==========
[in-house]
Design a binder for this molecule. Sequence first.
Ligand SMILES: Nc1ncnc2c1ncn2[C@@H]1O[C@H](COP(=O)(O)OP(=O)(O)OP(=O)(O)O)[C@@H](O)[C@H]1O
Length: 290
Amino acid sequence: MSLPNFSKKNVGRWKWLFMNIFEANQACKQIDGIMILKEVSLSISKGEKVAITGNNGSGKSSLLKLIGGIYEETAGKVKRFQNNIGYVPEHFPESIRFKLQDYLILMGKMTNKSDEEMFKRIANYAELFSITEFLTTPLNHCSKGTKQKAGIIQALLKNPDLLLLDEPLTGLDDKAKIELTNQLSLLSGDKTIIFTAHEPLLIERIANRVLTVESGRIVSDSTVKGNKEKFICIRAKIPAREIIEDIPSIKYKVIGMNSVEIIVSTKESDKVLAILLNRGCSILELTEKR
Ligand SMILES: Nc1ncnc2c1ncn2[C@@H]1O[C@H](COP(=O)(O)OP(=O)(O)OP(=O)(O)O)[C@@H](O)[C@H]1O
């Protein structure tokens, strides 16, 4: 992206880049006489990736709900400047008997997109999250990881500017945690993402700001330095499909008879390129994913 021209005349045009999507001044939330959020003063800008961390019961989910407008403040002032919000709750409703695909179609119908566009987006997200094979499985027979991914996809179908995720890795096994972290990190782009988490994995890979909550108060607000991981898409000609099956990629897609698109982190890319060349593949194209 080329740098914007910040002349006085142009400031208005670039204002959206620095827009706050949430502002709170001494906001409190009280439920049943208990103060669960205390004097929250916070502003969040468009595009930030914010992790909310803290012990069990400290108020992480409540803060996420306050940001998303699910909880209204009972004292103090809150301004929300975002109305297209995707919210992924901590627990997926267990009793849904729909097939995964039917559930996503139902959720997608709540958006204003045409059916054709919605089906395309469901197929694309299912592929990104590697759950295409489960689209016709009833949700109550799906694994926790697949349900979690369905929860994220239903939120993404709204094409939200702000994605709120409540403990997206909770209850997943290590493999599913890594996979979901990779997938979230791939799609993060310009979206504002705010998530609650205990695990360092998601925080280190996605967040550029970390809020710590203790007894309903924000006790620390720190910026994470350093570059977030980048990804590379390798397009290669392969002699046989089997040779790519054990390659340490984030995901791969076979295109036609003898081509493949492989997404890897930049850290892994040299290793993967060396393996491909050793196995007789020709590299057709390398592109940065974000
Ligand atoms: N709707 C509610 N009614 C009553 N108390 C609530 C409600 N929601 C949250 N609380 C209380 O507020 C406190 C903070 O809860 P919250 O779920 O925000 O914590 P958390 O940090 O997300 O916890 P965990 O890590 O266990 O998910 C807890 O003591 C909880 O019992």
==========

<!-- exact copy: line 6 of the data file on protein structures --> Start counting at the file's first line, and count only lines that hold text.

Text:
Ligand SMILES: Nc1ncnc2c1ncn2[C@@H]1O[C@H](COP(=O)(O)OP(=O)(O)OP(=O)(O)O)[C@@H](O)[C@H]1O